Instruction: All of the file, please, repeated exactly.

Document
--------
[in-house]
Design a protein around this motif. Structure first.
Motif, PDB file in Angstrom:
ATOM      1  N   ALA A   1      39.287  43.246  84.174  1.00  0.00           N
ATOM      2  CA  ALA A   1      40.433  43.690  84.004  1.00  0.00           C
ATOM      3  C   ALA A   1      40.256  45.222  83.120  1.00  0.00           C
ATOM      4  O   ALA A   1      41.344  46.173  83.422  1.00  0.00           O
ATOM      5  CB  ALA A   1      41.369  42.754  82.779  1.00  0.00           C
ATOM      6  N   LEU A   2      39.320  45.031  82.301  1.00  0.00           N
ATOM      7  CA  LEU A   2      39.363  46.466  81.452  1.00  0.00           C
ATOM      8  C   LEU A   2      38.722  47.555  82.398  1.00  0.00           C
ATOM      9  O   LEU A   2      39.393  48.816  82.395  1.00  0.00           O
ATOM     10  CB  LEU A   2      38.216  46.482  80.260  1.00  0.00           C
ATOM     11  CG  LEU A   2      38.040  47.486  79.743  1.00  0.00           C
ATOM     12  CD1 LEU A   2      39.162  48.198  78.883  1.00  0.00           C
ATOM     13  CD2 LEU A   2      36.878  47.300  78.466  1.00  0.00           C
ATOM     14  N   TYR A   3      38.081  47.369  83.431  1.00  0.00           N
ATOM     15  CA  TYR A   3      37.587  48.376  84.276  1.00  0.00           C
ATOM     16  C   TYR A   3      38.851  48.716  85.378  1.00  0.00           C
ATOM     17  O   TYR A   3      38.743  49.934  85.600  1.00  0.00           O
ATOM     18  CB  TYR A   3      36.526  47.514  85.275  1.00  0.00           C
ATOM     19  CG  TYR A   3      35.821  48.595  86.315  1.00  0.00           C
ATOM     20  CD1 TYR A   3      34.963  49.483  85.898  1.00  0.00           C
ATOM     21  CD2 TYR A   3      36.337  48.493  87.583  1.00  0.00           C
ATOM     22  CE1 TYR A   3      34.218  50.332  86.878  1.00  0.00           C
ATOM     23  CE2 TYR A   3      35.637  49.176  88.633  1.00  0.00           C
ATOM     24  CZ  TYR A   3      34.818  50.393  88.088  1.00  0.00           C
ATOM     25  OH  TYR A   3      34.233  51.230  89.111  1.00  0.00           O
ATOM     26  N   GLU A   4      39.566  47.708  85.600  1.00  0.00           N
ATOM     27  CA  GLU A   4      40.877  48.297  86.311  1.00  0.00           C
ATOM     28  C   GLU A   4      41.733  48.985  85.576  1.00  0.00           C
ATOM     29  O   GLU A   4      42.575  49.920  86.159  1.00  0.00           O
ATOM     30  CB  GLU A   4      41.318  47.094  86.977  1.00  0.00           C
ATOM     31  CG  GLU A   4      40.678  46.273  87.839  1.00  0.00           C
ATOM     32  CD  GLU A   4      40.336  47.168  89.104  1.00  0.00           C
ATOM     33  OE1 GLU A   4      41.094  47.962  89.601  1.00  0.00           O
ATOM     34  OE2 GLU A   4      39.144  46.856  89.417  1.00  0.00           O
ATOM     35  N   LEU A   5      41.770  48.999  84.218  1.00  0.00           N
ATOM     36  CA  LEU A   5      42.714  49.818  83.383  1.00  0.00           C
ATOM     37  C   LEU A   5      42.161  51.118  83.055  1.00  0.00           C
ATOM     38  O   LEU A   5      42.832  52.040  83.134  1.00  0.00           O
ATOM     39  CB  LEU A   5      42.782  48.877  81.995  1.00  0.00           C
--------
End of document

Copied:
[in-house]
Design a protein around this motif. Structure first.
Motif, PDB file in Angstrom:
ATOM      1  N   ALA A   1      39.287  43.246  84.174  1.00  0.00           N
ATOM      2  CA  ALA A   1      40.433  43.690  84.004  1.00  0.00           C
ATOM      3  C   ALA A   1      40.256  45.222  83.120  1.00  0.00           C
ATOM      4  O   ALA A   1      41.344  46.173  83.422  1.00  0.00           O
ATOM      5  CB  ALA A   1      41.369  42.754  82.779  1.00  0.00           C
ATOM      6  N   LEU A   2      39.320  45.031  82.301  1.00  0.00           N
ATOM      7  CA  LEU A   2      39.363  46.466  81.452  1.00  0.00           C
ATOM      8  C   LEU A   2      38.722  47.555  82.398  1.00  0.00           C
ATOM      9  O   LEU A   2      39.393  48.816  82.395  1.00  0.00           O
ATOM     10  CB  LEU A   2      38.216  46.482  80.260  1.00  0.00           C
ATOM     11  CG  LEU A   2      38.040  47.486  79.743  1.00  0.00           C
ATOM     12  CD1 LEU A   2      39.162  48.198  78.883  1.00  0.00           C
ATOM     13  CD2 LEU A   2      36.878  47.300  78.466  1.00  0.00           C
ATOM     14  N   TYR A   3      38.081  47.369  83.431  1.00  0.00           N
ATOM     15  CA  TYR A   3      37.587  48.376  84.276  1.00  0.00           C
ATOM     16  C   TYR A   3      38.851  48.716  85.378  1.00  0.00           C
ATOM     17  O   TYR A   3      38.743  49.934  85.600  1.00  0.00           O
ATOM     18  CB  TYR A   3      36.526  47.514  85.275  1.00  0.00           C
ATOM     19  CG  TYR A   3      35.821  48.595  86.315  1.00  0.00           C
ATOM     20  CD1 TYR A   3      34.963  49.483  85.898  1.00  0.00           C
ATOM     21  CD2 TYR A   3      36.337  48.493  87.583  1.00  0.00           C
ATOM     22  CE1 TYR A   3      34.218  50.332  86.878  1.00  0.00           C
ATOM     23  CE2 TYR A   3      35.637  49.176  88.633  1.00  0.00           C
ATOM     24  CZ  TYR A   3      34.818  50.393  88.088  1.00  0.00           C
ATOM     25  OH  TYR A   3      34.233  51.230  89.111  1.00  0.00           O
ATOM     26  N   GLU A   4      39.566  47.708  85.600  1.00  0.00           N
ATOM     27  CA  GLU A   4      40.877  48.297  86.311  1.00  0.00           C
ATOM     28  C   GLU A   4      41.733  48.985  85.576  1.00  0.00           C
ATOM     29  O   GLU A   4      42.575  49.920  86.159  1.00  0.00           O
ATOM     30  CB  GLU A   4      41.318  47.094  86.977  1.00  0.00           C
ATOM     31  CG  GLU A   4      40.678  46.273  87.839  1.00  0.00           C
ATOM     32  CD  GLU A   4      40.336  47.168  89.104  1.00  0.00           C
ATOM     33  OE1 GLU A   4      41.094  47.962  89.601  1.00  0.00           O
ATOM     34  OE2 GLU A   4      39.144  46.856  89.417  1.00  0.00           O
ATOM     35  N   LEU A   5      41.770  48.999  84.218  1.00  0.00           N
ATOM     36  CA  LEU A   5      42.714  49.818  83.383  1.00  0.00           C
ATOM     37  C   LEU A   5      42.161  51.118  83.055  1.00  0.00           C
ATOM     38  O   LEU A   5      42.832  52.040  83.134  1.00  0.00           O
ATOM     39  CB  LEU A   5      42.782  48.877  81.995  1.00  0.00           C